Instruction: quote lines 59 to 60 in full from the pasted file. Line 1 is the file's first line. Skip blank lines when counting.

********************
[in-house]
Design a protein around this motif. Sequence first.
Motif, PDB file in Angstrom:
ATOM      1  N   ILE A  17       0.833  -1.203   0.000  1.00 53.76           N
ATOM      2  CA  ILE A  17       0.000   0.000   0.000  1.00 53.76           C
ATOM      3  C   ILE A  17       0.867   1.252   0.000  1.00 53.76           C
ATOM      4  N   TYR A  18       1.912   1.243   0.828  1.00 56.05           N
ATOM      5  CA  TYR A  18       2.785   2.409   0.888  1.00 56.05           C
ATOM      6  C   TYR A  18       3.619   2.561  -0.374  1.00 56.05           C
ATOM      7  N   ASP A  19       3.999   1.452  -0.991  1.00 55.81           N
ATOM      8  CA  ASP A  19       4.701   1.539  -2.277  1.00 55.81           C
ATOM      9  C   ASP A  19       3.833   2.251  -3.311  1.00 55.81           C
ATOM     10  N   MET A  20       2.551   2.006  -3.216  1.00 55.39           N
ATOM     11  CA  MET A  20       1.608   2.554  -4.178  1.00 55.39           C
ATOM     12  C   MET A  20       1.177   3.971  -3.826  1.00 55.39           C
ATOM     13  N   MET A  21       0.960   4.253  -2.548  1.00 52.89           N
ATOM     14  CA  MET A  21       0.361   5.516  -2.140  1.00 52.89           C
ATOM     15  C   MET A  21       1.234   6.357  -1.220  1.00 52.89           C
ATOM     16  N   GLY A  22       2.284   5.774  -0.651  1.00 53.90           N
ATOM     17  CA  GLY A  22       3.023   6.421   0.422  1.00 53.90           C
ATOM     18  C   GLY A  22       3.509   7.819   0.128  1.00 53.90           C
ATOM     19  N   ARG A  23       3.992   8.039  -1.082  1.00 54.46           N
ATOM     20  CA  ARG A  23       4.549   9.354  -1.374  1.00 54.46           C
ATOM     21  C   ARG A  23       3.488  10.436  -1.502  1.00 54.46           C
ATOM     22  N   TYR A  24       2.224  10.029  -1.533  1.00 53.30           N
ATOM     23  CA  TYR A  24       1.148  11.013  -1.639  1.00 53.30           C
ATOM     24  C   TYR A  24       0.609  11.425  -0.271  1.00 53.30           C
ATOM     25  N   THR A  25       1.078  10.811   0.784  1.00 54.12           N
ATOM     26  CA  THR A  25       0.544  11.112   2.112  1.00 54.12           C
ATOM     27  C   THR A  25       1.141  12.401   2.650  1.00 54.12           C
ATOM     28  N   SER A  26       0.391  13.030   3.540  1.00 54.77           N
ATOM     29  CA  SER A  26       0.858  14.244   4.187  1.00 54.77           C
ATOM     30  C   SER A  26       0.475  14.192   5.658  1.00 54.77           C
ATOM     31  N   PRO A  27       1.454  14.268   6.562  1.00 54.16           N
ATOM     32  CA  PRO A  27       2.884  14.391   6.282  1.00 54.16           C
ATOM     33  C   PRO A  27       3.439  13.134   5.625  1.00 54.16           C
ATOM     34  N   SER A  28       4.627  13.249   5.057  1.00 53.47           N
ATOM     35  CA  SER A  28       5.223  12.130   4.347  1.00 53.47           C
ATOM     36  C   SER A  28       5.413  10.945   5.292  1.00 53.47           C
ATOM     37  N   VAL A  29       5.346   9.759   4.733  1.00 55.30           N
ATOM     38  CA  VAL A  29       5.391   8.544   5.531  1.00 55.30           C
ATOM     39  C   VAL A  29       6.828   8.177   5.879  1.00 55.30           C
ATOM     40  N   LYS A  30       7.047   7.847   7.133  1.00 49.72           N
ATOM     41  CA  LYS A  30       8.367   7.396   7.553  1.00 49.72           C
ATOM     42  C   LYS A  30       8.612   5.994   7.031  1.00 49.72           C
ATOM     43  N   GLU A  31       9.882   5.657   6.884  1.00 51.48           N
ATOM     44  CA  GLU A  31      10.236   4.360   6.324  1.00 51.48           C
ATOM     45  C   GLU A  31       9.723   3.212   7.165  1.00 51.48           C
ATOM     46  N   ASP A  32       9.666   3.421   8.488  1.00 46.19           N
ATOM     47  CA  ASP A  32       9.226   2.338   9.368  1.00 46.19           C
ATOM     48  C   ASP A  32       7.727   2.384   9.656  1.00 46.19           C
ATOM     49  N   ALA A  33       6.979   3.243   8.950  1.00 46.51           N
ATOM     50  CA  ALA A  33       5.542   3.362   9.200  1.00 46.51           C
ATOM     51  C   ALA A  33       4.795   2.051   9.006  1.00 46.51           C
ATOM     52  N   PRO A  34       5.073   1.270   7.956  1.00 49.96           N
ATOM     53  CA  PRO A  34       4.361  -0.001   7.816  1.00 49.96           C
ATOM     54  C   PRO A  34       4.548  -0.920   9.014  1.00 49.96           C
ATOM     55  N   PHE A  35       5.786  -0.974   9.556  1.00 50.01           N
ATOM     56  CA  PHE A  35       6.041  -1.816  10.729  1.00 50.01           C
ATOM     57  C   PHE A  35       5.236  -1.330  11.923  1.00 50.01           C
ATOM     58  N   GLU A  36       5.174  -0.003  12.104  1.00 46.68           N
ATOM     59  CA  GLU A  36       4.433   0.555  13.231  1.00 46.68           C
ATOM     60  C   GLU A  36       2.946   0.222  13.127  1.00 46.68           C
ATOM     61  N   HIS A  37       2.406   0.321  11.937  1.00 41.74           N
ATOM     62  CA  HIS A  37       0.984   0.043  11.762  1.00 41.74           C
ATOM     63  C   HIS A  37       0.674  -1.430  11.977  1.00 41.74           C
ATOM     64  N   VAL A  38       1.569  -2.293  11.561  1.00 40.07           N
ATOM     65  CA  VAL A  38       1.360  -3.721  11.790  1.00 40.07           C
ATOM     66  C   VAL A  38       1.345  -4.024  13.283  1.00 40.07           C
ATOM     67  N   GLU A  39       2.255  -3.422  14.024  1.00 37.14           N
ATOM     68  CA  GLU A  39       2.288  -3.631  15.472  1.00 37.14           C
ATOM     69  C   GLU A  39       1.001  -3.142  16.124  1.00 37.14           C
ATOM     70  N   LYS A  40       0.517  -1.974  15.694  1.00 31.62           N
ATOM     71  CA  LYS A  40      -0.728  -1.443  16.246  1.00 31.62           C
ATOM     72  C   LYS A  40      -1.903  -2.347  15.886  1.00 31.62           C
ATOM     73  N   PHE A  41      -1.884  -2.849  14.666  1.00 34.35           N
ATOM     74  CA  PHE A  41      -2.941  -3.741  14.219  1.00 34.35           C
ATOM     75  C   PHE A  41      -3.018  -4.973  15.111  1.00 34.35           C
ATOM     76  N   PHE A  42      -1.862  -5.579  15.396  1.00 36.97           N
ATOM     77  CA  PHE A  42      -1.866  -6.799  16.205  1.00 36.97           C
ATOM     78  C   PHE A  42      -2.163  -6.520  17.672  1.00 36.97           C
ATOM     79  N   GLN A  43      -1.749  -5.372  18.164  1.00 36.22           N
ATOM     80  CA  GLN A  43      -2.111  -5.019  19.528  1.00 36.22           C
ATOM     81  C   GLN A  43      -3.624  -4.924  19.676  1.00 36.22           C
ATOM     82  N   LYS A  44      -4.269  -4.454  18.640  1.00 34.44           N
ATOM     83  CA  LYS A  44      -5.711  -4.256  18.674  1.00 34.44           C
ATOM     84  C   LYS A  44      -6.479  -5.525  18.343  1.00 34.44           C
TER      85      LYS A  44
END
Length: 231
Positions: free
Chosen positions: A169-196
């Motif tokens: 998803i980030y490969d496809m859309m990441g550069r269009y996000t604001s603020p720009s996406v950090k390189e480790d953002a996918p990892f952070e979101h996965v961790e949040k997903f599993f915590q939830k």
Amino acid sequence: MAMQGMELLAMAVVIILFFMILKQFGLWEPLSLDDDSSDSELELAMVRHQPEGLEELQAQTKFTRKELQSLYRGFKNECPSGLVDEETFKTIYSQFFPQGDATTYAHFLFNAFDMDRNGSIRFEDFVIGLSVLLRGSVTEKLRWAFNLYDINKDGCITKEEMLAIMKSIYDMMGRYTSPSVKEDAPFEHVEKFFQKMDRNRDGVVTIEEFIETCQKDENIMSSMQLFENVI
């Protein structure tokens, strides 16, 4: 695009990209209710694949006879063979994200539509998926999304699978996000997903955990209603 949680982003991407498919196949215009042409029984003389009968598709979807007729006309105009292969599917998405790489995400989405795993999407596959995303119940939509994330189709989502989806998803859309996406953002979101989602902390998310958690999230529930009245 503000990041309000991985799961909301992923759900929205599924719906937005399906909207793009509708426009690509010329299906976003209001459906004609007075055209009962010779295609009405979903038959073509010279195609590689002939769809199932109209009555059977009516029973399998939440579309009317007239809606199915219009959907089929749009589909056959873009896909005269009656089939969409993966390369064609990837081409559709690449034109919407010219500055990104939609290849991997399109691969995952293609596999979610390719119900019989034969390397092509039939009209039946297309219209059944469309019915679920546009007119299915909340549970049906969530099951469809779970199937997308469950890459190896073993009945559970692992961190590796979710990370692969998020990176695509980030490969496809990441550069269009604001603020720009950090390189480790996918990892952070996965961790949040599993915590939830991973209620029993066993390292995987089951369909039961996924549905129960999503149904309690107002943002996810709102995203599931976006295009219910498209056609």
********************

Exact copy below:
ATOM     56  CA  PHE A  35       6.041  -1.816  10.729  1.00 50.01           C
ATOM     57  C   PHE A  35       5.236  -1.330  11.923  1.00 50.01           C